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Green Party nominee rails against 'corporate rule'

Activist fights to amend constitution

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Sick of all the cash being pumped into this year’s election? Then the Green Party’s national convention held in Baltimore this past weekend may have been a refreshing change of pace. Not only does the party want to outlaw super PACs, it wants to do away with privately financed elections entirely.

On Saturday, the party nominated physician and author Jill Stein to be its presidential nominee. Stein won easily over actress Roseanne Barr, taking about two-thirds of the delegates’ votes.

“We need a new un-bought political party that can put people of integrity into office,” Stein said at the convention. “Voting for either Wall Street candidate — for [Republican] Mitt Romney or for [Democratic President] Barack Obama — gives a mandate for four more years of corporate rule.”

Stein has called for an abolition of the Electoral College, publicly financed elections with instant runoff voting and the elimination of "corporate personhood."

In 2008, the Green Party garnered only about 0.1 percent of the vote. And to amend the U.S. Constitution, a two-thirds majority of both the U.S. House of Representatives and U.S. Senate are required and it must be adopted by three-fourths of the state legislatures.

In Congress, there are more than a dozen proposed amendments aimed at the U.S. Supreme Court's Citizens United ruling, which allowed wealthy individuals, corporations and unions to spend unlimited funds on elections. Senate Judiciary Committee Chairman Patrick Leahy, D-Vt., has planned a hearing Tuesday.

Still, Green Party activists such as David Cobb, a lawyer from Texas who was the party’s presidential nominee in 2004, keep fighting. Cobb, who is also a leader of the advocacy organization, Move to Amend, made an hour-long presentation at the convention Friday about the initiative’s prospects.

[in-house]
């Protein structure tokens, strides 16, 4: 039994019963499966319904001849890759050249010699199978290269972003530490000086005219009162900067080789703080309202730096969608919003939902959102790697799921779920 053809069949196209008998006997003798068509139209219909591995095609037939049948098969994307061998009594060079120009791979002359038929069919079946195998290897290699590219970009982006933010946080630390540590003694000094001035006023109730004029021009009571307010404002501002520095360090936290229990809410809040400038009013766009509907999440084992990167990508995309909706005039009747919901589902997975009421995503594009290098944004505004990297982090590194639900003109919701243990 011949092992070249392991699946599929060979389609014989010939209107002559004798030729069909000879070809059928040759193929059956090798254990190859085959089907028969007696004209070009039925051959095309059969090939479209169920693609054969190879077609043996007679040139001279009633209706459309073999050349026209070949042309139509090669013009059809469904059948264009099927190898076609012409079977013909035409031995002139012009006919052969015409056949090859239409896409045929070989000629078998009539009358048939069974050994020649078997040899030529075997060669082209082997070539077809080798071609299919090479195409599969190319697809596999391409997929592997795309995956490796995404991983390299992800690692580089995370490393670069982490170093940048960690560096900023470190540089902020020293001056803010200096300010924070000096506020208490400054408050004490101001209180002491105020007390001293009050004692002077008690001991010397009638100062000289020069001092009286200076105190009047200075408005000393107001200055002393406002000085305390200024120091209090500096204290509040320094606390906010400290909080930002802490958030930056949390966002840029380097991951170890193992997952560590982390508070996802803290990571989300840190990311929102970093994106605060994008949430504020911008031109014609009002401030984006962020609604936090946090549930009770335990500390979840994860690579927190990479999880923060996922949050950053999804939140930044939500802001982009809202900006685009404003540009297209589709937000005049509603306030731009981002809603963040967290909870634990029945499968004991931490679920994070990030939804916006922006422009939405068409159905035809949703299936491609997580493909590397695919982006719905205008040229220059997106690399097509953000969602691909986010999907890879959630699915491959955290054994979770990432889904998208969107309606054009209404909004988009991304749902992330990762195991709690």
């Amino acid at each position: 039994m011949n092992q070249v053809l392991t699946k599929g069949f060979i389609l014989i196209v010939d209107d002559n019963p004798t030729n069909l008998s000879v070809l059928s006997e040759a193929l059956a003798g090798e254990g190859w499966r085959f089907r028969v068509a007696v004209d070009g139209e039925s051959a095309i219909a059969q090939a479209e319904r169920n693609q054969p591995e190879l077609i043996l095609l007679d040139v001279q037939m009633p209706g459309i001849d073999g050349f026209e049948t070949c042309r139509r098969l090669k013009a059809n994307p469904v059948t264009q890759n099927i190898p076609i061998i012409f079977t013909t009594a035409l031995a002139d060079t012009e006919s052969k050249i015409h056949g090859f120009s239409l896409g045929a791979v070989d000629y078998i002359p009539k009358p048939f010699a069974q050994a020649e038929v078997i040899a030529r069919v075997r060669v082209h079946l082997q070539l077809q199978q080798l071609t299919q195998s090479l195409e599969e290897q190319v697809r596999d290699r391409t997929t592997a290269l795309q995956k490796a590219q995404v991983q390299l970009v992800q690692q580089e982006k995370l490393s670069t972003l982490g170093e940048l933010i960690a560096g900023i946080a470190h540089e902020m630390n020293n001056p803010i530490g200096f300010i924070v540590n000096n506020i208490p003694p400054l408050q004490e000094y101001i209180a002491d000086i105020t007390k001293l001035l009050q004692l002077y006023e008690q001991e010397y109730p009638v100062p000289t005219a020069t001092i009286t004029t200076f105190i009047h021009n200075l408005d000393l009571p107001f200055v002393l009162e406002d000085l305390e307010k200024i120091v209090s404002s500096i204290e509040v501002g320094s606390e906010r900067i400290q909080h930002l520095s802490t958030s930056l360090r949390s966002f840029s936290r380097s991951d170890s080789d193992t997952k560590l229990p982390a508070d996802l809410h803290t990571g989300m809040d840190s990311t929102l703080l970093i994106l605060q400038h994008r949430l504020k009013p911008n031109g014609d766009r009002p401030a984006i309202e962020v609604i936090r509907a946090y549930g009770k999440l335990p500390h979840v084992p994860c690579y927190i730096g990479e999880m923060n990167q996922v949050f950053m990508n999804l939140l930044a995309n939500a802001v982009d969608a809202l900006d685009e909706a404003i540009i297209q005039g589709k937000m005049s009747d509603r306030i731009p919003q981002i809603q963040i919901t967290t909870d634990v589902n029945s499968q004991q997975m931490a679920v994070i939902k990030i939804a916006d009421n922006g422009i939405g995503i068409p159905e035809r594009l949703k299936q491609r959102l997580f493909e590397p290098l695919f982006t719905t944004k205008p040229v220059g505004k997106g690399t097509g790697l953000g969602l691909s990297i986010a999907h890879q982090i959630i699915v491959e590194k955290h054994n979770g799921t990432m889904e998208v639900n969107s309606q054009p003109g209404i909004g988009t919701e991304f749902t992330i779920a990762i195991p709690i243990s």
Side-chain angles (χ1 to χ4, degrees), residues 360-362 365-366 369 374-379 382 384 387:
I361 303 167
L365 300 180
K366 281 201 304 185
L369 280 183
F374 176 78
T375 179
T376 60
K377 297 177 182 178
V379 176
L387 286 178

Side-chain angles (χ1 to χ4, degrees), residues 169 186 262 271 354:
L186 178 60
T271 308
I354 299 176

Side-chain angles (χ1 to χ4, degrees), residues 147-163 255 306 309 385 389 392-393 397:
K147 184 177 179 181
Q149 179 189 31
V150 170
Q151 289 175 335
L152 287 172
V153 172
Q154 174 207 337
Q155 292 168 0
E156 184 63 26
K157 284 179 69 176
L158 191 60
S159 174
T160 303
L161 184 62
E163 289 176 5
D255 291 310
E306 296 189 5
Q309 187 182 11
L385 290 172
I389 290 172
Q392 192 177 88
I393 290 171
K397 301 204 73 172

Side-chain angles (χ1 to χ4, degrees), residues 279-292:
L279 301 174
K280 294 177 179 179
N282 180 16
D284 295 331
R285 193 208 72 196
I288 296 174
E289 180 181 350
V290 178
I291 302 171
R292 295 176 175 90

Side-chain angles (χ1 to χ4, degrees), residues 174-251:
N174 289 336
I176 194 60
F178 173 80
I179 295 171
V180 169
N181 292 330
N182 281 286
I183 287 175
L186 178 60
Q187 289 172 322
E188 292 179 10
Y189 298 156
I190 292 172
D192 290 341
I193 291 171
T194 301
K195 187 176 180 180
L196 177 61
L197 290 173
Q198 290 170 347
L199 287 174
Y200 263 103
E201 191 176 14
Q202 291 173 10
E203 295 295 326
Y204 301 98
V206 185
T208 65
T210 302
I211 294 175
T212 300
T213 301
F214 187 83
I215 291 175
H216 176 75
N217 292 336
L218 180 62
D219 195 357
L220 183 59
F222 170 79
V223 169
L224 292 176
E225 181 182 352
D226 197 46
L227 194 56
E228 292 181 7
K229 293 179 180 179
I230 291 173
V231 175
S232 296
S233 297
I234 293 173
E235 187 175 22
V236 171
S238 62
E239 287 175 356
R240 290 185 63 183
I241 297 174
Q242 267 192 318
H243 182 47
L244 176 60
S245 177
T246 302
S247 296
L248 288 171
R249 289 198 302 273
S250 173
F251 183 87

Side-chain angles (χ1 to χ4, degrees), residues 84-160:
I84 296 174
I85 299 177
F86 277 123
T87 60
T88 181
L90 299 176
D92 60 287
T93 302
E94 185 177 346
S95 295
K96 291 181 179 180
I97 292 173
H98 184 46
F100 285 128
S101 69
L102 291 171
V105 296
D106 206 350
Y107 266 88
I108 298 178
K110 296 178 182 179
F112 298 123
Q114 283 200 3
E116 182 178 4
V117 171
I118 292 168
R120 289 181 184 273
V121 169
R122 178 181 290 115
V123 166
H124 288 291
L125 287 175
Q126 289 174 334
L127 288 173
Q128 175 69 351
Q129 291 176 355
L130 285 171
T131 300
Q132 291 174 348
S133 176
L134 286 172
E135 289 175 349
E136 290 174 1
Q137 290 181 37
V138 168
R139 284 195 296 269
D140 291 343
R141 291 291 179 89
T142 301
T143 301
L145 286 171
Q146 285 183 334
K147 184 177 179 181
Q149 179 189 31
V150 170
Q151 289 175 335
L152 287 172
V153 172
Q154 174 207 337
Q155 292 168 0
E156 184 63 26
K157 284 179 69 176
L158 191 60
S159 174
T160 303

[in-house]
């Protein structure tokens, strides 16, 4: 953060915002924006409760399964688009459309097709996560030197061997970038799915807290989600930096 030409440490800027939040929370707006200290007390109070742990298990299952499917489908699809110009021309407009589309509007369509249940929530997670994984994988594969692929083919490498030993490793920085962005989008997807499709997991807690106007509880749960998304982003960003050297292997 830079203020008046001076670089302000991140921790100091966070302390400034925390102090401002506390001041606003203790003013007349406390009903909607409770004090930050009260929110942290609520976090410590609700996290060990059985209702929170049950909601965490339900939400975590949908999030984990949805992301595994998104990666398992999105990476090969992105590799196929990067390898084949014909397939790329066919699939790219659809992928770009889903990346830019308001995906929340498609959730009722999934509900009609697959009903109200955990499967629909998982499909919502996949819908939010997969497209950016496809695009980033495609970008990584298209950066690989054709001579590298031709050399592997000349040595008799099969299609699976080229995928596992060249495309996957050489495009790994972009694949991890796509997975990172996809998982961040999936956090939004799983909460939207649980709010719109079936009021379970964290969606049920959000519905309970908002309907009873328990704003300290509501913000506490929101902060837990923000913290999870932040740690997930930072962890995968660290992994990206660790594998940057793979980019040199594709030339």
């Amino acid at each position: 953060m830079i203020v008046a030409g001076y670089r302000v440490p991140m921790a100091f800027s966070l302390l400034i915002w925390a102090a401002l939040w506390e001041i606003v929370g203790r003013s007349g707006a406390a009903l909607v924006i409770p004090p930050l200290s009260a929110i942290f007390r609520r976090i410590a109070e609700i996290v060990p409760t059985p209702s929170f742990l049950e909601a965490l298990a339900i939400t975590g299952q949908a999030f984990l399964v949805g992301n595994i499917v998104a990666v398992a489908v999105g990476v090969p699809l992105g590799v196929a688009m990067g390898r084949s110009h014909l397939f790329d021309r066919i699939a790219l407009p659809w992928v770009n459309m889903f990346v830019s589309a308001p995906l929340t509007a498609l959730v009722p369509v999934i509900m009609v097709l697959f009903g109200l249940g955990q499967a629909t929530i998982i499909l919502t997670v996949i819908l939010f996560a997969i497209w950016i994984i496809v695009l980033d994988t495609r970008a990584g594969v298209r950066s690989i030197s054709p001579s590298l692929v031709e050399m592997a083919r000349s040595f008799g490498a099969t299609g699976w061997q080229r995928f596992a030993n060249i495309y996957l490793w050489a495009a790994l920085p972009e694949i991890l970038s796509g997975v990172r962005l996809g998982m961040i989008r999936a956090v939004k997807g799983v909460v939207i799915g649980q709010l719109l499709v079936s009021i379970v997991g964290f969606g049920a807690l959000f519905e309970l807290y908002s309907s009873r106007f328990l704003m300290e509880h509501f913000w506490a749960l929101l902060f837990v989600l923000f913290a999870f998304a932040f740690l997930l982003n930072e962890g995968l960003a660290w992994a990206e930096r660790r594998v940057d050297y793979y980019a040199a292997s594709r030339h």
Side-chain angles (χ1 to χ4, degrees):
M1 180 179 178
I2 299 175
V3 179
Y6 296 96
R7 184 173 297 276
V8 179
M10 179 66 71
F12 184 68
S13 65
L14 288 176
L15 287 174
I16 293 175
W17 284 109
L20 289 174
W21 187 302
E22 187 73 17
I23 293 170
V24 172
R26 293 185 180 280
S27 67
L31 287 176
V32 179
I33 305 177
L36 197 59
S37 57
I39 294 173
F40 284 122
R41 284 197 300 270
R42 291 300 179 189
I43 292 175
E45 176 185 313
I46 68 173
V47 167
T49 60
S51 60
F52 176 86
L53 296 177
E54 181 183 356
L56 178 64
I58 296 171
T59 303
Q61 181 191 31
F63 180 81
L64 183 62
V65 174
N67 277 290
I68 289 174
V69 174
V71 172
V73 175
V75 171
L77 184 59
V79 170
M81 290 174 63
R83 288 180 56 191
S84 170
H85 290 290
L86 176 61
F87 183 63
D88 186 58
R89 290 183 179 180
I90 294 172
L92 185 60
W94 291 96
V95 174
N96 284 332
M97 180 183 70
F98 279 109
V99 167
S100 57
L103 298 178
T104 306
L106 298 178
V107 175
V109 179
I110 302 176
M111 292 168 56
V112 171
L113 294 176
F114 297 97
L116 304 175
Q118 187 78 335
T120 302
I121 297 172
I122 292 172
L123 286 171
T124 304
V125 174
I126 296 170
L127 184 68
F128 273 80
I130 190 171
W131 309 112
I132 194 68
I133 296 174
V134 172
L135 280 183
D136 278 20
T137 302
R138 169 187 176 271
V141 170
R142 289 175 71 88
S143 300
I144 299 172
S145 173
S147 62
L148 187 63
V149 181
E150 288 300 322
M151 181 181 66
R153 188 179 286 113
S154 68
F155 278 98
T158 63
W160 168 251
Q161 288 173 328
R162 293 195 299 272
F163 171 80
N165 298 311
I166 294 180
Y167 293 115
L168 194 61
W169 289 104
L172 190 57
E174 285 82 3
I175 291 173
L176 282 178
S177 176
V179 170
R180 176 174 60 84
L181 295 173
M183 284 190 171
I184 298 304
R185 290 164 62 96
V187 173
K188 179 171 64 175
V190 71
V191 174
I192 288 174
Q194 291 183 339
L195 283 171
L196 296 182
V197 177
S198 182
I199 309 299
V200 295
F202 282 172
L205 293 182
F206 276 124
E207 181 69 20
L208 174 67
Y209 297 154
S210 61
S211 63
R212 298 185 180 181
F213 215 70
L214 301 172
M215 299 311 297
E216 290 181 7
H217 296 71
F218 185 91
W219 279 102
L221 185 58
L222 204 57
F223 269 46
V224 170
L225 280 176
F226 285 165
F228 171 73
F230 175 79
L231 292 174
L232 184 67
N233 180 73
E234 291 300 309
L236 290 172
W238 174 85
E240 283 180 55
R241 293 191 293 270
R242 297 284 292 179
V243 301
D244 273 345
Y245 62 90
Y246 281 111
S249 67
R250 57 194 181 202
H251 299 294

Move to Amend’s roughly 200-word long amendment addresses two core principles: corporations are not people and money is not speech.

“Corporate personhood is the lynchpin for how the ruling elite have stolen our country from us,” Cobb said during his presentation in a classroom filled with more than fifty Green Party activists on the University of Baltimore campus.

Cobb argued that corporations need to be understood as artificial entities and subject to regulation, emphasizing that “limited liability is a privilege not a right.”

“I am not anti-corporation,” Cobb said. “Most businesses are not raping and pillaging the planet. Most businesses are not systematically oppressing workers. Most businesses are just going about the business of making goods and services available to other people.”

Scores of city councils have adopted resolutions supporting Move to Amend’s proposal, and voters in a handful of localities — from the liberal bastion of Boulder, Colo., to the conservative Milwaukee suburb of West Allis, Wis. — have passed ballot measures in a similar vein.

The Citizens United decision, handed down in January 2010, held that corporations (and unions) should be free to spend their treasury funds on election-oriented advertisements and that political ads that are not coordinated with candidates do not pose a threat of “corruption or the appearance of corruption.”

Cobb acknowledged that a constitutional amendment — which has sparked a contentious debate — is a “heavy lift.”

Nevertheless, he predicted success within the decade.

“We can amend the constitution in 10 years,” Cobb said. 

“There are no shortcuts to movement building,” he continued. “If we are going to take ourselves seriously, it’s worth it.”